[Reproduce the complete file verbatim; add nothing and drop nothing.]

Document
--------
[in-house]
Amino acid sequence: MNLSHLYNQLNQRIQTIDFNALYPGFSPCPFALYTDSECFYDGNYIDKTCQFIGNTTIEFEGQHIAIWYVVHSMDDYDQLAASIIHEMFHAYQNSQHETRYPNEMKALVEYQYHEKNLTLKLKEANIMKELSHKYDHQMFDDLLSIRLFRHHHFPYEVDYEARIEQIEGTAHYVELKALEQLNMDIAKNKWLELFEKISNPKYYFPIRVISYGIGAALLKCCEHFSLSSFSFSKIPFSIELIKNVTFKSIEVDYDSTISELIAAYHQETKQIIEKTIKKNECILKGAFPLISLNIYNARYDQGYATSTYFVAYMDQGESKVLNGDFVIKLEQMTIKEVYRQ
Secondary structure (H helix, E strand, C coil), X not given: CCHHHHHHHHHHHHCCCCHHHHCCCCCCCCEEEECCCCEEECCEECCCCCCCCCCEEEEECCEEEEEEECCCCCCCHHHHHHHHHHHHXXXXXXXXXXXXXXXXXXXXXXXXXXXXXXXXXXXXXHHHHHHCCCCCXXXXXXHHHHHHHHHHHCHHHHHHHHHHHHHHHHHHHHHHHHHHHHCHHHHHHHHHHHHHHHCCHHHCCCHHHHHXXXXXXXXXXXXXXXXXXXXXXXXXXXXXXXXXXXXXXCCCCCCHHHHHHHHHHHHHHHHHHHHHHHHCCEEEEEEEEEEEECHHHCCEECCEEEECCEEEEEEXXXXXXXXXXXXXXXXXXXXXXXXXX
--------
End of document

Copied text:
[in-house]
Amino acid sequence: MNLSHLYNQLNQRIQTIDFNALYPGFSPCPFALYTDSECFYDGNYIDKTCQFIGNTTIEFEGQHIAIWYVVHSMDDYDQLAASIIHEMFHAYQNSQHETRYPNEMKALVEYQYHEKNLTLKLKEANIMKELSHKYDHQMFDDLLSIRLFRHHHFPYEVDYEARIEQIEGTAHYVELKALEQLNMDIAKNKWLELFEKISNPKYYFPIRVISYGIGAALLKCCEHFSLSSFSFSKIPFSIELIKNVTFKSIEVDYDSTISELIAAYHQETKQIIEKTIKKNECILKGAFPLISLNIYNARYDQGYATSTYFVAYMDQGESKVLNGDFVIKLEQMTIKEVYRQ
Secondary structure (H helix, E strand, C coil), X not given: CCHHHHHHHHHHHHCCCCHHHHCCCCCCCCEEEECCCCEEECCEECCCCCCCCCCEEEEECCEEEEEEECCCCCCCHHHHHHHHHHHHXXXXXXXXXXXXXXXXXXXXXXXXXXXXXXXXXXXXXHHHHHHCCCCCXXXXXXHHHHHHHHHHHCHHHHHHHHHHHHHHHHHHHHHHHHHHHHCHHHHHHHHHHHHHHHCCHHHCCCHHHHHXXXXXXXXXXXXXXXXXXXXXXXXXXXXXXXXXXXXXXCCCCCCHHHHHHHHHHHHHHHHHHHHHHHHCCEEEEEEEEEEEECHHHCCEECCEEEECCEEEEEEXXXXXXXXXXXXXXXXXXXXXXXXXX